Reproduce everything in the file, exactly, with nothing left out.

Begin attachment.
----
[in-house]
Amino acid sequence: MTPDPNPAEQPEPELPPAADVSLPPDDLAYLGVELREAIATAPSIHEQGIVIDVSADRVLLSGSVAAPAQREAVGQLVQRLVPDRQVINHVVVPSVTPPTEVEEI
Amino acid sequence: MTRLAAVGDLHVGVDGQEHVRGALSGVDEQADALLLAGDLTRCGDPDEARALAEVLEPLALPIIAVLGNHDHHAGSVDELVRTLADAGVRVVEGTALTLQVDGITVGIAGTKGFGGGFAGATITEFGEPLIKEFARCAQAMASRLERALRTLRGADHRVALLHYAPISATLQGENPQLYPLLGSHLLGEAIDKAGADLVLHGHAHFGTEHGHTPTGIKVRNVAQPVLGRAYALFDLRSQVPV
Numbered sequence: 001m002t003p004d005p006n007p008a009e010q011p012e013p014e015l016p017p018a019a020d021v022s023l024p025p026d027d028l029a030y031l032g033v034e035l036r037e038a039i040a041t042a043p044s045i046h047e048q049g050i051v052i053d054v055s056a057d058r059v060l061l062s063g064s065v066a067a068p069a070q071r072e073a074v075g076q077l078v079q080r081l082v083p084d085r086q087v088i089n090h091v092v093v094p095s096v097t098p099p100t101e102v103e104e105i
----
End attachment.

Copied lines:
[in-house]
Amino acid sequence: MTPDPNPAEQPEPELPPAADVSLPPDDLAYLGVELREAIATAPSIHEQGIVIDVSADRVLLSGSVAAPAQREAVGQLVQRLVPDRQVINHVVVPSVTPPTEVEEI
Amino acid sequence: MTRLAAVGDLHVGVDGQEHVRGALSGVDEQADALLLAGDLTRCGDPDEARALAEVLEPLALPIIAVLGNHDHHAGSVDELVRTLADAGVRVVEGTALTLQVDGITVGIAGTKGFGGGFAGATITEFGEPLIKEFARCAQAMASRLERALRTLRGADHRVALLHYAPISATLQGENPQLYPLLGSHLLGEAIDKAGADLVLHGHAHFGTEHGHTPTGIKVRNVAQPVLGRAYALFDLRSQVPV
Numbered sequence: 001m002t003p004d005p006n007p008a009e010q011p012e013p014e015l016p017p018a019a020d021v022s023l024p025p026d027d028l029a030y031l032g033v034e035l036r037e038a039i040a041t042a043p044s045i046h047e048q049g050i051v052i053d054v055s056a057d058r059v060l061l062s063g064s065v066a067a068p069a070q071r072e073a074v075g076q077l078v079q080r081l082v083p084d085r086q087v088i089n090h091v092v093v094p095s096v097t098p099p100t101e102v103e104e105i